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Tyrese Maxey is making the most of Ben Simmons' absence in Philadelphia

The 76ers' sophomore guard has taken a big step forward while the 3-time All-Star remains out.

Second-year guard Tyrese Maxey has seen his scoring average jump to 17.2 ppg this season.

One of the more unfathomable and unexplainable NBA stalemates took hold over the offseason when Ben Simmons refused to join the Philadelphia 76ers out of petulance, annoyance, spite or just simply didn’t want to play basketball all that badly anymore.

Imagine: an All-Star player in his prime on a max contract who was riding shotgun for a title contender suddenly brought his career and the Sixers’ momentum to a halt, all because of backlash — external and internal — over his inability and reluctance to take shots in a disappointing 2021 playoff run.

Rather than swallow the medicine, work on his game and return as a better form of himself, Simmons shut it down, hasn’t suited up since and left the Sixers scrambling to salvage the season. Philly clearly isn’t better without Simmons, an indefatigable defender and rebounder who brings sharp floor instincts as a 6-foot-9 point guard.

Philly just had to be … different without him. And such is the case with the Sixers, who are certainly feeling the affects of missing Simmons yet refusing to allow it to overwhelm them, and that’s partly due to a 21-year-old who’s serving as a silver lining amid the madness.

Tyrese Maxey isn’t replacing Simmons at point guard mainly because Maxey isn’t a point guard, never really has been a point guard and the Sixers are OK if he never will be.

“You are who you are,” coach Doc Rivers said. “He’s a scorer at the point position.”

So that’s settled. The Sixers still need Simmons even if there’s no relief in sight to their unfortunate stare-down, and if Simmons walked through the door tomorrow he’d be given the ball and the team would feel better about itself even if Simmons probably won’t share that sentiment. While there are obvious raw feelings emitting from Simmons toward the Sixers, the club is adamant about its position on the situation: We want him even if it’s not mutual, and we will not trade him without an acceptable return.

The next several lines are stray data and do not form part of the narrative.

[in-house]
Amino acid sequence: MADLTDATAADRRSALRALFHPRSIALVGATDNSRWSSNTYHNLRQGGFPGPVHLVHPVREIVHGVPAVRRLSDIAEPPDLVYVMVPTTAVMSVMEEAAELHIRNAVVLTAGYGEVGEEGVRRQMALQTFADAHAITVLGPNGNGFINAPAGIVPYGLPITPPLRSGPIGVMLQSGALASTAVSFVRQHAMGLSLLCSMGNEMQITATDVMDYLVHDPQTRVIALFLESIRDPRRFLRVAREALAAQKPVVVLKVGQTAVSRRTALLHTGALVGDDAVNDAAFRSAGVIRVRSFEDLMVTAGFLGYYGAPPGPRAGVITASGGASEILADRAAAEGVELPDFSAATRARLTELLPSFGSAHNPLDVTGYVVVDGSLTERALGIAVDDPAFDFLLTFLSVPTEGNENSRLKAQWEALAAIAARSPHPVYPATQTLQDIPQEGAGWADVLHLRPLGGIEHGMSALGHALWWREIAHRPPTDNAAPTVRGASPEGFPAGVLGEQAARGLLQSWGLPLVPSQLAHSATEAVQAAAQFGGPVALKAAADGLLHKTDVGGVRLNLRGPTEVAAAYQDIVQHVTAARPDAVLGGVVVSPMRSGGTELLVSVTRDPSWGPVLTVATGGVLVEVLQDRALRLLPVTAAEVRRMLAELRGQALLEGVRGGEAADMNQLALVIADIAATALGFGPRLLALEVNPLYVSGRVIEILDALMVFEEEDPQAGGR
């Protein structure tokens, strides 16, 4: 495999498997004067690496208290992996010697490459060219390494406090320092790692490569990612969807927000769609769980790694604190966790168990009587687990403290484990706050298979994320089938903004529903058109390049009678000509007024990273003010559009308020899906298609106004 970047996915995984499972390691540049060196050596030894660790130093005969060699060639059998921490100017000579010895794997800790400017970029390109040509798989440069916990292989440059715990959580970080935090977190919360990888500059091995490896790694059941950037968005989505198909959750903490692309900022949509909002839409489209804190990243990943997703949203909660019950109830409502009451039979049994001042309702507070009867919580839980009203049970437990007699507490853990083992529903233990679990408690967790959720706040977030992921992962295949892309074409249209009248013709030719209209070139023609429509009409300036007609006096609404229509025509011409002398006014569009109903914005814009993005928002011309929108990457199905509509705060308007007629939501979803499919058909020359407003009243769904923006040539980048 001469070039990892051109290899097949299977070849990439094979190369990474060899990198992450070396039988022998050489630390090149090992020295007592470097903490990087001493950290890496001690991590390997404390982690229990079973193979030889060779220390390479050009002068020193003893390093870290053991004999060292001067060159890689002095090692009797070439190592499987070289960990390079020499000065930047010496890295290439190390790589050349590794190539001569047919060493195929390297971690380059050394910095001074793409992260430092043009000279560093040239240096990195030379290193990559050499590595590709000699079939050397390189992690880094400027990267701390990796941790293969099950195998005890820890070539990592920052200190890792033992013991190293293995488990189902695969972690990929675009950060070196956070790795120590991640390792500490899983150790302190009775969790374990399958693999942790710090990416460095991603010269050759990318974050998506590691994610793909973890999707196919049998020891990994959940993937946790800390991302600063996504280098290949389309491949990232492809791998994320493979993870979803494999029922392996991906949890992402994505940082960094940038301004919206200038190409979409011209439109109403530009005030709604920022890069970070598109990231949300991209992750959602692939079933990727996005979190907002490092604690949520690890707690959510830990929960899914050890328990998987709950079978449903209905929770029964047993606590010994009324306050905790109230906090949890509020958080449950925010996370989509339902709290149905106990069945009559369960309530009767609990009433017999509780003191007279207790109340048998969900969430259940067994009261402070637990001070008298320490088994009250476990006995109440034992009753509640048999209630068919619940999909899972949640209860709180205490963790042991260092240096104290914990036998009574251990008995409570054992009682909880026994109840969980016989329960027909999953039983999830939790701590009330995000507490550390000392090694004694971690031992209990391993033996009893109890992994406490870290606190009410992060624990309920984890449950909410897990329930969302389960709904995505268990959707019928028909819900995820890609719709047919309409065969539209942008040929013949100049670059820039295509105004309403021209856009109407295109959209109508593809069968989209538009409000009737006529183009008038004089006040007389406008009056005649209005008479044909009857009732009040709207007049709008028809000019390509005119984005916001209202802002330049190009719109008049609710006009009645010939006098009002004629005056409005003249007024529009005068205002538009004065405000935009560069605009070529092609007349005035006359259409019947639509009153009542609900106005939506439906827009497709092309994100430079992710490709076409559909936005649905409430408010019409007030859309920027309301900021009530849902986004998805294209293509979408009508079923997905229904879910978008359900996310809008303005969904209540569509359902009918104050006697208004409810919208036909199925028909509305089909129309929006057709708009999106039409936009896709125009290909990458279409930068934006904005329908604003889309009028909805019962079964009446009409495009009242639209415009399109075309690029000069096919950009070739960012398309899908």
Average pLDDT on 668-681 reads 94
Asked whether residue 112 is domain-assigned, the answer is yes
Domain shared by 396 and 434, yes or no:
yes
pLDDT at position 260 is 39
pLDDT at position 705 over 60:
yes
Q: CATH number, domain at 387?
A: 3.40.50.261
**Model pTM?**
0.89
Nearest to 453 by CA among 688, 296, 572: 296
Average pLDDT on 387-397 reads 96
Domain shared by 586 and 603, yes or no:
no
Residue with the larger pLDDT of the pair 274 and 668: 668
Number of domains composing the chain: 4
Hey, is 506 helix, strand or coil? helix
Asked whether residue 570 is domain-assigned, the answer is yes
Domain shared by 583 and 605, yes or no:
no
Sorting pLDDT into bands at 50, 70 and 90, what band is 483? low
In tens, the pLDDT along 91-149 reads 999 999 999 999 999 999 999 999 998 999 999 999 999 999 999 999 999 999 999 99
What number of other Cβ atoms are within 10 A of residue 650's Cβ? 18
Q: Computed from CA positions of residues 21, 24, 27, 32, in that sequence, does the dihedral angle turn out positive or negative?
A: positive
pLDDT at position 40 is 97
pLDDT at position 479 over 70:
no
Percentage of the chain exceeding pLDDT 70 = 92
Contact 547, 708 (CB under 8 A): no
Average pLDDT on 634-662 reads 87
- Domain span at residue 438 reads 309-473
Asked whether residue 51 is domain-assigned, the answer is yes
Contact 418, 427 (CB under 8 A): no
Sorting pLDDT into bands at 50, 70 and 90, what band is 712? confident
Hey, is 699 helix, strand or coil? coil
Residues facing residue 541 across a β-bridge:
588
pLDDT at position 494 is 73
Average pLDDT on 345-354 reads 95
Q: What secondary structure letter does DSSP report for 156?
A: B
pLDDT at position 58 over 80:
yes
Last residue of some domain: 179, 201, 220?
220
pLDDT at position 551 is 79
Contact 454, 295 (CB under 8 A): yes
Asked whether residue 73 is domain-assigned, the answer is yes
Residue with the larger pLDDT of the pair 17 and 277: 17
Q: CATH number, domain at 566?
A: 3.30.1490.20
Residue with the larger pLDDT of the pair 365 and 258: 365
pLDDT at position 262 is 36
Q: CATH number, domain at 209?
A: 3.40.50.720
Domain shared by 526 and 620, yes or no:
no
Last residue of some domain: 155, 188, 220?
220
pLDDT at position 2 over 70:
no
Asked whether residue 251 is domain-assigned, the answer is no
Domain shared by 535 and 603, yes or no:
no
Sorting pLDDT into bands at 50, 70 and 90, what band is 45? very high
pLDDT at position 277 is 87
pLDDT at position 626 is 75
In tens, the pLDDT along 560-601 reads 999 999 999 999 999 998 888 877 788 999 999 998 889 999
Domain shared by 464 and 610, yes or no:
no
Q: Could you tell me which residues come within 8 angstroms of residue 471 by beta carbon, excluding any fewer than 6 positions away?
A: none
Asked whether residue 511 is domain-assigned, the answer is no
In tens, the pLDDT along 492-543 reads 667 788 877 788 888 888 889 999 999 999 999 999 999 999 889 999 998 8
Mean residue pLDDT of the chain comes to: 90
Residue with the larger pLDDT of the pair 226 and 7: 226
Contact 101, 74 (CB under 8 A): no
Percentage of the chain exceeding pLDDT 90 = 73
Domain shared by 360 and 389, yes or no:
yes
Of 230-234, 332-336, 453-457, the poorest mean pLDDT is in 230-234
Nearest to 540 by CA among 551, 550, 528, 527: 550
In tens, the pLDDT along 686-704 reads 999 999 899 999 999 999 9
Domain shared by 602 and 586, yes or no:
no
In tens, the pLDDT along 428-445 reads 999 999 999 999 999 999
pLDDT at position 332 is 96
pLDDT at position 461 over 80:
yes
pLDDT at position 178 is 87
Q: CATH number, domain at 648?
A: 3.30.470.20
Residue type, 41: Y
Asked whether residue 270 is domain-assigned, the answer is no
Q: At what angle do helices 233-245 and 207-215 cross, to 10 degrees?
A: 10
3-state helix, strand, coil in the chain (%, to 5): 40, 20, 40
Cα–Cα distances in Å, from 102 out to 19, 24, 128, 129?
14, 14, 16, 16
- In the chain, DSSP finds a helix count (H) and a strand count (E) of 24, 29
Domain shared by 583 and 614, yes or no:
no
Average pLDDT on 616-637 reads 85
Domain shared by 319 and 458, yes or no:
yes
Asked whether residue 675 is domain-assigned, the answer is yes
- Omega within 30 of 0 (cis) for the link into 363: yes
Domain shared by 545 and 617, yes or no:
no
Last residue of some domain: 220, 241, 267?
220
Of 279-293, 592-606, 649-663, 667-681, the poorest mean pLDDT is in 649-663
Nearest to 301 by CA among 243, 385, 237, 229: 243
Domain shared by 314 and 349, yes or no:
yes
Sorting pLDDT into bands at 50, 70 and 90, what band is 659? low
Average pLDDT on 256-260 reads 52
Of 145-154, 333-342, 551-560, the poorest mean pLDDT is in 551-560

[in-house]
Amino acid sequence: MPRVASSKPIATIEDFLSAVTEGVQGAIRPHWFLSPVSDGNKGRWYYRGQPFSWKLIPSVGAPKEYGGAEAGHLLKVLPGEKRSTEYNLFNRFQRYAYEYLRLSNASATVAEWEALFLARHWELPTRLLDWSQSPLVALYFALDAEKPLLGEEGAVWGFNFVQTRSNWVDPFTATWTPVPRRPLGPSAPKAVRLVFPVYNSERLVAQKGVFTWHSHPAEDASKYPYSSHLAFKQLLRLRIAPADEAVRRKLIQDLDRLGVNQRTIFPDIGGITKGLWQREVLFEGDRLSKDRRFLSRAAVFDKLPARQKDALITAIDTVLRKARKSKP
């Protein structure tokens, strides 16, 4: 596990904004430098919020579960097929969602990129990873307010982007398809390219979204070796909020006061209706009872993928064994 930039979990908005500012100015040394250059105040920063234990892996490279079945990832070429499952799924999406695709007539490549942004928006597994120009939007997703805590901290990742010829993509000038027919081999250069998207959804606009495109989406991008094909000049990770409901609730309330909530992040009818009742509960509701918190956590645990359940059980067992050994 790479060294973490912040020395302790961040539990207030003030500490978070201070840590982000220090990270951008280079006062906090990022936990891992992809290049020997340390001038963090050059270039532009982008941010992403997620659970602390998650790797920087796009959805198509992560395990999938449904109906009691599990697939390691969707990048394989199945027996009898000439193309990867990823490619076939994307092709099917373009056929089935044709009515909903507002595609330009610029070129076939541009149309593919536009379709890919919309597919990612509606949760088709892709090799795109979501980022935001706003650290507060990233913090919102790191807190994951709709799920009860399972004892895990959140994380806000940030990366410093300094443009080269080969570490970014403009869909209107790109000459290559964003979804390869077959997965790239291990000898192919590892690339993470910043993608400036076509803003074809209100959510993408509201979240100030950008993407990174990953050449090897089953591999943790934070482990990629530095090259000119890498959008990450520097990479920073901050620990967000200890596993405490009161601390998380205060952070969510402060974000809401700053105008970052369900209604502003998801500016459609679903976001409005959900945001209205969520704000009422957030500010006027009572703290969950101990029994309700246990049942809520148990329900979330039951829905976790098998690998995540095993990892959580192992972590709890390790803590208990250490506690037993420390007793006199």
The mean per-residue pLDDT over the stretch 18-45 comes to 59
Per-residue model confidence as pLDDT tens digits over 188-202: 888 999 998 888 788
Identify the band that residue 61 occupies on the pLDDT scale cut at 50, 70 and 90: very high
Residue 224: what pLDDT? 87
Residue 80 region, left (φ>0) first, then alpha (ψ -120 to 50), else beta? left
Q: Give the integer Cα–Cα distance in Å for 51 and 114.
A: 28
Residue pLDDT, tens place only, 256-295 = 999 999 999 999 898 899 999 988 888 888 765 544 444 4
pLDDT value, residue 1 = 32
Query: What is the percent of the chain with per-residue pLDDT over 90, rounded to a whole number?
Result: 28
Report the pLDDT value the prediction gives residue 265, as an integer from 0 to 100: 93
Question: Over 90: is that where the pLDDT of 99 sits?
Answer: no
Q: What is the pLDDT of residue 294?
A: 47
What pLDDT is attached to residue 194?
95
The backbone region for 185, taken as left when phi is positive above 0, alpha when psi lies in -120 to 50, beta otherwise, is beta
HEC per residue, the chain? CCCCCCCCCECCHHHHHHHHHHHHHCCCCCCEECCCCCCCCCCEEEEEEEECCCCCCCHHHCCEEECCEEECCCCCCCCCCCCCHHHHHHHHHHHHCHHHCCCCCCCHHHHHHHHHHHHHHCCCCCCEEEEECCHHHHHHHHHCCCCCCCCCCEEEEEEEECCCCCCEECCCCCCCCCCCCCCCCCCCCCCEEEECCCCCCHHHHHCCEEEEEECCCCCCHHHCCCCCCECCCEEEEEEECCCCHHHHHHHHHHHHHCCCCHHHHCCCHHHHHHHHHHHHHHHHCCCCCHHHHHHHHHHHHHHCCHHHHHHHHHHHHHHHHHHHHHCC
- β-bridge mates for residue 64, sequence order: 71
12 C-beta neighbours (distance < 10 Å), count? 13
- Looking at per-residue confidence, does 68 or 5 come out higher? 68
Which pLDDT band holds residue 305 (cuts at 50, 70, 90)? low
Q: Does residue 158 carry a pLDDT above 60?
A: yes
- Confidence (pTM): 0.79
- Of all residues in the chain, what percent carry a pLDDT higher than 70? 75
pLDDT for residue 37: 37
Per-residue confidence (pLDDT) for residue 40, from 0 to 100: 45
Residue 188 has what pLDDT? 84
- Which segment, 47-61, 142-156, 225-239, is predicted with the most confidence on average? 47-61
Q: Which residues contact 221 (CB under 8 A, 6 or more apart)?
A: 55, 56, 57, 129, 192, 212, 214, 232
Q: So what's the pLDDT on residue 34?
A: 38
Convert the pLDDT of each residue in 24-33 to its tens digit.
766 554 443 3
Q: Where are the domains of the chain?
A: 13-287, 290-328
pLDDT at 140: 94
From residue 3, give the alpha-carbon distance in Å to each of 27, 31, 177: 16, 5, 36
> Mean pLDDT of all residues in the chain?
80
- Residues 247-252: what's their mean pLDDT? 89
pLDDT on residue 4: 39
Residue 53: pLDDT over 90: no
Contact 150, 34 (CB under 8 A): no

Tyrese Maxey goes off for a career-best 33 points in a loss to the Raptors on Nov. 11.

Meanwhile: Philly is stuck in the middle of the Eastern Conference standings, partly because of Simmons and also because Joel Embiid missed time due to Health and Safety Protocols.

But Maxey is making the most of his opportunity to breakthrough here in his second NBA season. He had a stretch of games last month where he was a tornado, dropping shots and commanding attention and elevating his game when the Sixers needed him to do so. He’s nine inches smaller than Simmons but is strong and plays without fear.

He’s started in every game this season, averaging 17.2 points on 46.5% shooting and keeping his mistakes to a minimum (1.2 turnovers per game this season). That’s an applaudable amount of production from a young player thrown into the fire, who came into this season expecting to be a role player and suddenly finds himself a crucial piece to the starting lineup.

It hasn’t been totally smooth and, as expected, Maxey’s had some dry spells. That’s understandable given the amount of the load he’s carrying and the urgency at hand. That said, there is growth and an accelerated learning process and he’s the unexpected bonus the Sixers could use.

“People sleep on him,” Sixers guard Danny Green said. “Great kid, very open, takes suggestions, knows what he’s capable of doing, a coach’s dream. I’m not a coach but if I were, he’s a kid who takes criticism and asks questions and does what coaches ask him to do. He’s bubbly but it doesn’t keep him from taking this seriously or affects his focus and attention. He’s a nice kid who comes with competitive fire. We’re throwing things at him every game and he’s responding and learning.”

Maxey certainly feels pressure-free and plays like it, totally without strain or burden. That has served him well. Blessed with scoring instincts and the skills to realize it, Maxey looks relaxed in a situation that would probably rattle other players his age and experience.

That’s why he’s gaining the respect of his teammates, who understand his plight and watching him respond favorably.

Tyrese Maxey went for 31 points against the Bucks back on Nov. 9.

“It’s just my teammates trusting me, talking to me,” Maxey told “Especially like the older guys. They help me a lot. They stuck with me, they really helped me, and they say they believe in me. When those guys say they believe in you, you just go out there, you play the game, and you try to help them do whatever it takes to win.”